Teddy Roosevelt Was Not Speaking Metaphorically

 
Today we see Teddy Roosevelt as the man’s man: the outdoorsman, hunter, and war hero. He is aggressive yet intelligent. He speaks softly but carries a big stick.

 

That last part is actually true.

 

The legend of that aphorism starts when Roosevelt, a young New York assemblyman, became the head of a committee taking action on a railway bill. Despite determined opposition, Roosevelt learned how to force a vote. 

 

In his Autobiography, he tells the story like this:

“I then put the bill in my pocket and announced I would report it anyhow. This almost precipitated a riot…The riot did not come off; partly, I think, because the opportune production of the chair leg had a sedative effect, and partly owing to wise counsels from one or two of my opponents.”

 
That’s right: Teddy Roosevelt actually did brandish a chair leg to threaten his opposition into submission.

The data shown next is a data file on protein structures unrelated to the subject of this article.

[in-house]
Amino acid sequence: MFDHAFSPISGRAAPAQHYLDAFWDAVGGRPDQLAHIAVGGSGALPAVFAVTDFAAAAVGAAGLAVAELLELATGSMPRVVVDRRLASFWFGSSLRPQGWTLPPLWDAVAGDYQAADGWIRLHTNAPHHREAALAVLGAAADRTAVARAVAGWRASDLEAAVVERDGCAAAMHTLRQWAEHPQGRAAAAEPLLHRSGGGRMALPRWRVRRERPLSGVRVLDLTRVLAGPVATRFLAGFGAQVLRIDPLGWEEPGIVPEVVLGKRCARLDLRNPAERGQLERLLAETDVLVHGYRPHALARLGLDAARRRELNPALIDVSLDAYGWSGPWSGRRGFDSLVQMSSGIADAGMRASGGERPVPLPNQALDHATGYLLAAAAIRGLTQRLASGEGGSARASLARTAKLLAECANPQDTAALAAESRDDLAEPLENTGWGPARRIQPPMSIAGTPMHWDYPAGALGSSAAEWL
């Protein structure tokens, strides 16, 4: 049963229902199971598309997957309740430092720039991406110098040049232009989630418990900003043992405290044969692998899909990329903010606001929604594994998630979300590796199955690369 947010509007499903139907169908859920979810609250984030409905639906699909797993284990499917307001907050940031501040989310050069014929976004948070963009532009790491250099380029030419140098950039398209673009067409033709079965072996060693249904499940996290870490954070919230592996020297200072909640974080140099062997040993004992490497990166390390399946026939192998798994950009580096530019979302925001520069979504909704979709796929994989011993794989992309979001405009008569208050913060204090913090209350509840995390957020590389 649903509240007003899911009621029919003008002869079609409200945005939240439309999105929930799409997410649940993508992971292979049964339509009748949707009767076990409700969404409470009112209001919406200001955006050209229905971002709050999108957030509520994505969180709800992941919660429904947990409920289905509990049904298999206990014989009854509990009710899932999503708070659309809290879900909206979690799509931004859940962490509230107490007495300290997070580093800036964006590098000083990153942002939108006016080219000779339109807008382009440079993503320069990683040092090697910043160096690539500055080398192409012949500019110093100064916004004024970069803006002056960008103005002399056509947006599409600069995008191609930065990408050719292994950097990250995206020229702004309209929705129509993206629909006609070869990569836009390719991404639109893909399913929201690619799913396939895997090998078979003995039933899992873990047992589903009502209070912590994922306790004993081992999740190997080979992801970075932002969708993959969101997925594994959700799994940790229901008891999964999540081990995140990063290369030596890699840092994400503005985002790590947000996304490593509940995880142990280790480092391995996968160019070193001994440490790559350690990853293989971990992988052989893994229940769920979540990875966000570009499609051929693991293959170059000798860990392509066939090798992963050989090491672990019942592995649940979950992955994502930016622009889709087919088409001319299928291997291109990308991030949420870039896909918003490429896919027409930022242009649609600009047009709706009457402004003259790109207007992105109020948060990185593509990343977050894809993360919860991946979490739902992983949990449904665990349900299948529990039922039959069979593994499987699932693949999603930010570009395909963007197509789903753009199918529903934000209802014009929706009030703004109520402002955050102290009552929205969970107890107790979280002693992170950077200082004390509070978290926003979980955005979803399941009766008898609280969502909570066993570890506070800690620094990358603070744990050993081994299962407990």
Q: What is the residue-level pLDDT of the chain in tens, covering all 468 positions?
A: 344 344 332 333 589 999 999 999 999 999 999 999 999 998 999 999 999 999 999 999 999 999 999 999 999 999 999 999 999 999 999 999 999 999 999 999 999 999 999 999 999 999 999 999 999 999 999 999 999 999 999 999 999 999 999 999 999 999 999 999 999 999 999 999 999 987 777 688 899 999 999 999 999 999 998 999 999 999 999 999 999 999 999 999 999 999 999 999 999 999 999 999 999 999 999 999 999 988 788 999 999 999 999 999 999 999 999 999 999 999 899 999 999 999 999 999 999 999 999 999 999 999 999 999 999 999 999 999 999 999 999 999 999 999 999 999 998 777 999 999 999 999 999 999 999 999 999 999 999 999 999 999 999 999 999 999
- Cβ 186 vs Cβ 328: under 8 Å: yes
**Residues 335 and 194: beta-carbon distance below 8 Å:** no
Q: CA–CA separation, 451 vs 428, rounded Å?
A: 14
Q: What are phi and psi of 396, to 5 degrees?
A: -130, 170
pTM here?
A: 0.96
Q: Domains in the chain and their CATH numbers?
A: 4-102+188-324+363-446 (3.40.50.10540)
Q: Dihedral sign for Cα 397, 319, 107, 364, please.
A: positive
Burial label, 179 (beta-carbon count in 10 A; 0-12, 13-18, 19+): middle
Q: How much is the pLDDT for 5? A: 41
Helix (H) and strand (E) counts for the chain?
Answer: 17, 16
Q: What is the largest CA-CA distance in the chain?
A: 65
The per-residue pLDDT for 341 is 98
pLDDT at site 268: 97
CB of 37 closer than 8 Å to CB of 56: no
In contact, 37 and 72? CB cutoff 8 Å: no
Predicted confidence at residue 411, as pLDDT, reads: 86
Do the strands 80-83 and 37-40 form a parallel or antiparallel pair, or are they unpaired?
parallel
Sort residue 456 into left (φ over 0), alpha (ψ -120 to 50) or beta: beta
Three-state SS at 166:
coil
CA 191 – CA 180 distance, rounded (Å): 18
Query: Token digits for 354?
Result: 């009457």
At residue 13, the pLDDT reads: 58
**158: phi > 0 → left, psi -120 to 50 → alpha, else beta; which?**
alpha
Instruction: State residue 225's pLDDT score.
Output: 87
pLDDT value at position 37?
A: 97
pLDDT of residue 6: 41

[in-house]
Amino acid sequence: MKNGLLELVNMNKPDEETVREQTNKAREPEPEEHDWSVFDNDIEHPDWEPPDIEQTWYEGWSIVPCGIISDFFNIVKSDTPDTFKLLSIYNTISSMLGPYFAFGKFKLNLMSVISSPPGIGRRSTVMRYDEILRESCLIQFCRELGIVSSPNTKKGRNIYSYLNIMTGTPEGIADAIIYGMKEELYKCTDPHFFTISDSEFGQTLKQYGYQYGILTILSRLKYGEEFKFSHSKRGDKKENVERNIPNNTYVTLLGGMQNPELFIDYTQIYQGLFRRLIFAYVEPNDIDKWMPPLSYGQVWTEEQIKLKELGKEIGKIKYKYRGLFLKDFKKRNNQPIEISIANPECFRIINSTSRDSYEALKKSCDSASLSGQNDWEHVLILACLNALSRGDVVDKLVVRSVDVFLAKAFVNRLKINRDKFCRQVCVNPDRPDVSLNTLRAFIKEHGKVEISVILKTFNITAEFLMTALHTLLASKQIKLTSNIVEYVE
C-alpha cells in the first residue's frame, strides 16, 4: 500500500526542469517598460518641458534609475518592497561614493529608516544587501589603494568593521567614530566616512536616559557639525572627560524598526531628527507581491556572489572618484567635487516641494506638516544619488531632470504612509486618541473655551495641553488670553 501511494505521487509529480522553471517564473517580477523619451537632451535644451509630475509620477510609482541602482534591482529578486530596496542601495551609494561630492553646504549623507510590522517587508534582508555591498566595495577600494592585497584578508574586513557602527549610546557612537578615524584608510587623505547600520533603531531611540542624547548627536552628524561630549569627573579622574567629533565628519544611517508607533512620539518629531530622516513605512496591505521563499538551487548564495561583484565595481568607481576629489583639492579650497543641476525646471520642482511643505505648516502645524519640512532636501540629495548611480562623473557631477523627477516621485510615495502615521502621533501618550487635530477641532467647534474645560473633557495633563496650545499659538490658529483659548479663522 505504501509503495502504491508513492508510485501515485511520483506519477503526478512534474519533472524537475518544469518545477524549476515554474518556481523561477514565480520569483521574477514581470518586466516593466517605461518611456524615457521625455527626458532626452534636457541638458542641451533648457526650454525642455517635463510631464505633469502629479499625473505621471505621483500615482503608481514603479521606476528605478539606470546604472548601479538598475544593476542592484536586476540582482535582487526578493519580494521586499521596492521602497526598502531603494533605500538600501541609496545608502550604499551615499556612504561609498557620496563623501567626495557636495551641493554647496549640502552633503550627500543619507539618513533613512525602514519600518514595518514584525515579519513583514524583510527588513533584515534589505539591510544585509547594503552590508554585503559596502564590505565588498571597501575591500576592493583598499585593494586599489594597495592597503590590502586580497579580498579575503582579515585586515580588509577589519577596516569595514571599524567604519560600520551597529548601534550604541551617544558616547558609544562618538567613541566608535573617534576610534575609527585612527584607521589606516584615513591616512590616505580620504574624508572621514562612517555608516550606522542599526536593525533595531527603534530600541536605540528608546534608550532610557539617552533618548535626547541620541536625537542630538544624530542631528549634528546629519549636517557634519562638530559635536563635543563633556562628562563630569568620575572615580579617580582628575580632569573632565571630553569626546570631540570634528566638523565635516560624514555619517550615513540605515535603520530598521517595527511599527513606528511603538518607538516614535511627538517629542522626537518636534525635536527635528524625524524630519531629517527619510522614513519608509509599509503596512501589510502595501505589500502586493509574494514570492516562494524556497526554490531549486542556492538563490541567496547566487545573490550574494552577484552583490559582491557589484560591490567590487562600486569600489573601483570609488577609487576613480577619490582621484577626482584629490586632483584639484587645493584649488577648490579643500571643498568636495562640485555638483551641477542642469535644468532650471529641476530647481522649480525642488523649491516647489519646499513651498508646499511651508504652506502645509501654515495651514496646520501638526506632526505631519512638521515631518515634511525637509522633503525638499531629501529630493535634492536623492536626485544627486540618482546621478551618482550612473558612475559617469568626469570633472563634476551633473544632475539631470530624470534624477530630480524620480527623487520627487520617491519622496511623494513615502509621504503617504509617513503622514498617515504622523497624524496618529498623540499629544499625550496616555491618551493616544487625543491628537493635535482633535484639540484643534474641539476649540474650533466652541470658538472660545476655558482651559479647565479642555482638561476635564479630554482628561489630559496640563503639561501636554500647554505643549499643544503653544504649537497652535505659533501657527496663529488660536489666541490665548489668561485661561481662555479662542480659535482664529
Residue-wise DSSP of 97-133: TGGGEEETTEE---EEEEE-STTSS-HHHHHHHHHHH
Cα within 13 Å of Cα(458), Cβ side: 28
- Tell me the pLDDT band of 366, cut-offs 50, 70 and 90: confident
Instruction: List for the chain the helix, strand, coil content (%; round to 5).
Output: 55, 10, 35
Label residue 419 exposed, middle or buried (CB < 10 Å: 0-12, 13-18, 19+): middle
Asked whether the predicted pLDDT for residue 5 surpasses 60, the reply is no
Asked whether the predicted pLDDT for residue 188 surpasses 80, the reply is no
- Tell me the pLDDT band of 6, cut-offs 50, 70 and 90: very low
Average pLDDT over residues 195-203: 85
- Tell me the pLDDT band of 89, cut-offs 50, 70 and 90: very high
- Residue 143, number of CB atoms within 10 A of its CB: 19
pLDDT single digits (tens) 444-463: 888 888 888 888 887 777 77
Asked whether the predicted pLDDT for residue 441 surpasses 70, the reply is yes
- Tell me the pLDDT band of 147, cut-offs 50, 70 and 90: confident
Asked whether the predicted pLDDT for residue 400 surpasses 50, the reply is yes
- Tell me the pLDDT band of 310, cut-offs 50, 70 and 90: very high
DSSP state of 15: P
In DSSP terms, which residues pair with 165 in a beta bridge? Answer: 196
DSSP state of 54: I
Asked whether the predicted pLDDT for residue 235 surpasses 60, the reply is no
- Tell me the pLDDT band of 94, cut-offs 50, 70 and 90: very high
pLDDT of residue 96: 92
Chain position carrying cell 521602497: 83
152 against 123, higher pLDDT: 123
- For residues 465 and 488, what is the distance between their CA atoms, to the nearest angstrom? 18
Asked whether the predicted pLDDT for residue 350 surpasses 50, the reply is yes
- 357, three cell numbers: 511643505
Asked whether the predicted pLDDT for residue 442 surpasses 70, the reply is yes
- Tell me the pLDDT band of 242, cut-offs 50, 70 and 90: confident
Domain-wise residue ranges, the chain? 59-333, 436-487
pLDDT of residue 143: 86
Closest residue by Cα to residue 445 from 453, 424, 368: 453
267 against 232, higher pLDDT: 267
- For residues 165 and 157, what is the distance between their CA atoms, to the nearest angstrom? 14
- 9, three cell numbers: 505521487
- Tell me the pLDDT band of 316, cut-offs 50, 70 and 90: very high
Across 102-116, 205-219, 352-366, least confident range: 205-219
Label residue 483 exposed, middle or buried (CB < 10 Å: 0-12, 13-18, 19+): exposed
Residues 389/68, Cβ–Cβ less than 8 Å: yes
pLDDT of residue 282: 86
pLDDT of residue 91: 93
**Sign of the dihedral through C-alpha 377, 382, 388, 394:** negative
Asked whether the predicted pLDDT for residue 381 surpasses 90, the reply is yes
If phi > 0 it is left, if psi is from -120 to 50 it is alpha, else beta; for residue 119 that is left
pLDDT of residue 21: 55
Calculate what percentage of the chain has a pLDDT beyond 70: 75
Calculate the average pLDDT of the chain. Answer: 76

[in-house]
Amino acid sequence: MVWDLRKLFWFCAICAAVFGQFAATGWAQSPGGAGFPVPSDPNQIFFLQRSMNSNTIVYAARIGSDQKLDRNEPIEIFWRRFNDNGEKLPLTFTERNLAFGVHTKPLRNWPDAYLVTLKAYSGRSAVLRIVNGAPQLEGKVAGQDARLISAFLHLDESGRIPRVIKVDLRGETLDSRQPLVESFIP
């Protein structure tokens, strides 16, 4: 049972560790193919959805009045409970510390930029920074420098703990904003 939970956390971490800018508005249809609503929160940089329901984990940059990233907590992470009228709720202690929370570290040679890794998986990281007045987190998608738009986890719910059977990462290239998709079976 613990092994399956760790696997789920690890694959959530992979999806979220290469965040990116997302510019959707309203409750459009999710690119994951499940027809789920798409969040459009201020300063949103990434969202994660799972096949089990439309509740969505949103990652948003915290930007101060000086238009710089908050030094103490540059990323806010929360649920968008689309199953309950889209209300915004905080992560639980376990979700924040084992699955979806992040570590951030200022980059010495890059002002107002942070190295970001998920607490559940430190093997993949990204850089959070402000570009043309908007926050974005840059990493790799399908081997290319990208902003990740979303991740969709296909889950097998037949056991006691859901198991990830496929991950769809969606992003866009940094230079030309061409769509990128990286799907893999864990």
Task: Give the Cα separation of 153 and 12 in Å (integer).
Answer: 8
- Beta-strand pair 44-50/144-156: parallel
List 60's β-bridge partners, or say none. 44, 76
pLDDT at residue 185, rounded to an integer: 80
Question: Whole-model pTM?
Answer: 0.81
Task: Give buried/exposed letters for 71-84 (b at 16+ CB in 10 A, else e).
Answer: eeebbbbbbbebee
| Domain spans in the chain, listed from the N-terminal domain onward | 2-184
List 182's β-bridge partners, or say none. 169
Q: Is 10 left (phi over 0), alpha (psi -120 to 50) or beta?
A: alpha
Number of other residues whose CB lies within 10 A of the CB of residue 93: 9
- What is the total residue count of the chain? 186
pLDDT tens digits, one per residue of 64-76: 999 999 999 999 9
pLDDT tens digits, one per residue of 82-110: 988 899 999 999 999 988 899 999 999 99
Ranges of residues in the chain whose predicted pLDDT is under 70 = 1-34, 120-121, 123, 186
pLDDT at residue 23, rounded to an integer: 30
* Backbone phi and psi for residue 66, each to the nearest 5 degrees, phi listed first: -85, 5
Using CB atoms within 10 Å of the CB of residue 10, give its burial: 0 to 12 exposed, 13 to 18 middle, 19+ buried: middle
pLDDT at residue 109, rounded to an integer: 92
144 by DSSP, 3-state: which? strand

Roosevelt fans, please revisit the President’s Autobiography. The incidents of his pugilistic past are just a few of the gems to be found.

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5 Comments Add yours

  1. Scott Trotti says:

    Visiting the Menger hotel bar in San Antonio, TX allows the mind to wander to a time when you could swill warm beer with Roosevelt and wonder if he actually spoke softly in that setting.

    1. Lovely thought. I wonder if he ever really spoke softly.

  2. Andrew says:

    I have the autobiography on my Kindle and I’ve been working though it slowly. Theodore Roosevelt is a singularly interesting person in American history. I can’t wait to finish the book.

    1. Right on! He is fascinating.

  3. Gordon Steffens says:

    Perhaps Teddy was overcompensating for actually having a little stick!

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